1. Managing Progress
The first part of the ICF definition of this competency relates more to Managing Progress; “Ability to hold attention on what is important for the client…..”
Because of the ongoing nature of a coaching relationship, the coach is automatically an accountability partner, and most often inquires during the next session about what the client has accomplished since the last session. The coach also holds attention on the bigger picture of what the client wants to achieve against their overall coaching plan, which is another form of managing progress.
The second part of the ICF definition of this competency relates more to Accountability; “…leave responsibility with the client to take action.”
Once the client has come up with the actions they want to take (remember, actions can also be non-action, or to experiment with stopping doing something, or reflecting…), the coach can help the client to ground their actions and to test their level of commitment to their actions (a.k.a. checking on accountability to their actions).
Many coaches will think they need to insert themselves in the client’s accountability process by asking something such as, “How can I hold you accountable to following through on this action?” This can sound parental, and not honoring of the client as being resourceful. As the definition says, leave responsibility with the client to take action…help them find their own methods of accountability.
What does the client need in order to follow through on their actions?
Here are questions you might want to ask the client to help them think through their level of commitment, and how they might want to be accountable to their actions:
“What resources might you want to research or use in order to follow through on your commitment?”
“Who might you want to ask for support?”
“Knowing yourself and your circumstances, what obstacles might get in the road of taking the action?”
“What has been successful for you in the past in fulfilling the commitments you make to yourself”
“What might be the mindset you’d need to have in order to accomplish this?”
“What timeframe is achievable for you?”
“If you commit to doing something as part of our coaching and don’t follow through, how would you like me to respond?”
This last question honors the client as an adult, as you draw on their self-knowledge about how they work with commitments. If in the next session, the client doesn’t accomplish what they said they wanted to within their timeframe, then you can refer back to how the client wanted you to respond.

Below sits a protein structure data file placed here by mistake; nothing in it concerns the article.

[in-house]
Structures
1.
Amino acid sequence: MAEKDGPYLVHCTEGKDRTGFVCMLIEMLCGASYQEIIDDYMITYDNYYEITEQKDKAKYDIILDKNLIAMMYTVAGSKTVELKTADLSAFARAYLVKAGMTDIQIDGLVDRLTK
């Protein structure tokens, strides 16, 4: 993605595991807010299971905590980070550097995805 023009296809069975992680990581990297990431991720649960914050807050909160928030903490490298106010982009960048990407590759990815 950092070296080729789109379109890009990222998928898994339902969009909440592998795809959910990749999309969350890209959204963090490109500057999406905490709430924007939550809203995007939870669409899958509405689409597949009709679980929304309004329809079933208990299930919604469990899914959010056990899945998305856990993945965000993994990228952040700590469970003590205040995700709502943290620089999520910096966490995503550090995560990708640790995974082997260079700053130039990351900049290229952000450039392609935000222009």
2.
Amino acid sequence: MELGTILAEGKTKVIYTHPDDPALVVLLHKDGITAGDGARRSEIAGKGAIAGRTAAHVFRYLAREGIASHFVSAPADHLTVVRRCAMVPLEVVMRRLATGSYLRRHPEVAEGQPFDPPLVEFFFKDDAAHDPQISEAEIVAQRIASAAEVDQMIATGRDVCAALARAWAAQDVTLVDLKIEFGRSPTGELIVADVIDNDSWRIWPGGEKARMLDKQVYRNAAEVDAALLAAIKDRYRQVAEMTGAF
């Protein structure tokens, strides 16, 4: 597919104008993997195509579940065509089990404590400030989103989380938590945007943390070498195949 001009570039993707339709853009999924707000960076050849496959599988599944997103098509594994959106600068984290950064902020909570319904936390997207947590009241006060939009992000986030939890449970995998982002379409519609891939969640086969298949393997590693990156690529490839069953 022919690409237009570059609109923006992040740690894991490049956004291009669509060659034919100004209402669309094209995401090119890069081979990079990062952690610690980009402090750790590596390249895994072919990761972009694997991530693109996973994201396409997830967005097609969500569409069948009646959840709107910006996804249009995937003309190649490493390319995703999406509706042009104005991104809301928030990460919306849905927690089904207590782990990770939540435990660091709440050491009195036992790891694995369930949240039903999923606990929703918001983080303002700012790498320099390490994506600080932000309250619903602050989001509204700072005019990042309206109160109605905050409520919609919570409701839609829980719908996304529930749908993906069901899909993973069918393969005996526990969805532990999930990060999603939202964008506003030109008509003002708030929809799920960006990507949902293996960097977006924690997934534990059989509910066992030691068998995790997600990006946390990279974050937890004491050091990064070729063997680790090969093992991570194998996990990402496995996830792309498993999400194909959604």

But here’s the bigger issue that may be present if a client has a pattern of overcommitting and under-delivering. It’s possible the client is unconscious of their behavior, or it’s possible the coach wasn’t being present, attentive and curious enough in previous coaching sessions to understand how the client commits to actions.
It’s also possible the client may have overcommitted because
they want to please their coach.
So help the client to reflect on what they really want to do and will do, what support or resources they may want to draw on. Or what obstacles might get in the road of taking their desired action. Of course, another possibility is life happened, and priorities changed, but that is part of being human. It’s patterns of behavior over time that you want to pay attention to.
Don’t automatically insert yourself in the client’s accountability
If the client wants their coach to be part of their accountability process, let them ask you for that. You are automatically an accountability partner because you will be having another coaching session, where the first inquiry is usually something like, “So how did you go with accomplishing your actions since we last spoke?”
Listen for the client’s energy level
One key indicator that the client is committed to their actions is their energy level rises and you can hear excitement in their voice. They are having aha moments and emerging awareness. Or you hear their determination and conviction to try something that may feel uncomfortable because it’s unfamiliar, or their commitment to handle a difficult situation.
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